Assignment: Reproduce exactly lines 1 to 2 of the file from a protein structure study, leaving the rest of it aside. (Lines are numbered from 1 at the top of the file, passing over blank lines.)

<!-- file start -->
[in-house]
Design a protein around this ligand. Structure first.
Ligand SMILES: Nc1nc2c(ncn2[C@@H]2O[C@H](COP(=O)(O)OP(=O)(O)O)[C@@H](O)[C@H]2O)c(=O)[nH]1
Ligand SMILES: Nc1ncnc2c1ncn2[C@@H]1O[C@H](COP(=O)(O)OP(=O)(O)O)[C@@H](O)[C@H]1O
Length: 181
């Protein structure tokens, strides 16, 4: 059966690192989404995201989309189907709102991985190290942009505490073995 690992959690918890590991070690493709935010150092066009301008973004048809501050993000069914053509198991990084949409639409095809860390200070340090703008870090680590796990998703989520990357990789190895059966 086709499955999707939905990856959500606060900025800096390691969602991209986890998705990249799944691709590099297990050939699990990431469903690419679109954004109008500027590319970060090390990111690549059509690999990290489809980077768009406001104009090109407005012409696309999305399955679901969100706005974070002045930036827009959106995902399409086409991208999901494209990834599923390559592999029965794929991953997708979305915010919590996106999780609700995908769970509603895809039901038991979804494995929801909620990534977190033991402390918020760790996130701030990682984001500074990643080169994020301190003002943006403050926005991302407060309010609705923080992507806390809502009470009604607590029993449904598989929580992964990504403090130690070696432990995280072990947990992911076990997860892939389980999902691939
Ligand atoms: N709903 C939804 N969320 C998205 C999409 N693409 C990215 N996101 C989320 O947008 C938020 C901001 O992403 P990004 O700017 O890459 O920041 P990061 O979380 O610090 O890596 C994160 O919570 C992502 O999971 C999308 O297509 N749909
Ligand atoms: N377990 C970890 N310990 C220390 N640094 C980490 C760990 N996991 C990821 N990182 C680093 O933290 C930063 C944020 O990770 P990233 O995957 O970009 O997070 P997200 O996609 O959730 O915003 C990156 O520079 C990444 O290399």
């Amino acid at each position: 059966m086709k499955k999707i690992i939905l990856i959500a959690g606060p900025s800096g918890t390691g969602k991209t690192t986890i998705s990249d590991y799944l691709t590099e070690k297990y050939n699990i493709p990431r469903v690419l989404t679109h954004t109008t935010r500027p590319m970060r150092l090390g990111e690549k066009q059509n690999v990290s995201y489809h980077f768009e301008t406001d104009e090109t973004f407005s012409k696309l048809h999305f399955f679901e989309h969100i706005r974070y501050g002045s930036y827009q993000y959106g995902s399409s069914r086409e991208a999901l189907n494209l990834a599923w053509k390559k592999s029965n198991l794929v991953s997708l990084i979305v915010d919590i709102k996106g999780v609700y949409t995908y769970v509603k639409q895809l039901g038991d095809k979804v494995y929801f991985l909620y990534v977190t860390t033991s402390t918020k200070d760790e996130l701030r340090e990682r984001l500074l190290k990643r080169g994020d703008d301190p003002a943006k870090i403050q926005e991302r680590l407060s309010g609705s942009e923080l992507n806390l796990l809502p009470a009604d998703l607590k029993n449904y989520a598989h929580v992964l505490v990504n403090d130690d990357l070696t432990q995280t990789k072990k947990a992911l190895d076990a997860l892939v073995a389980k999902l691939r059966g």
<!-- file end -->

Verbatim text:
[in-house]
Design a protein around this ligand. Structure first.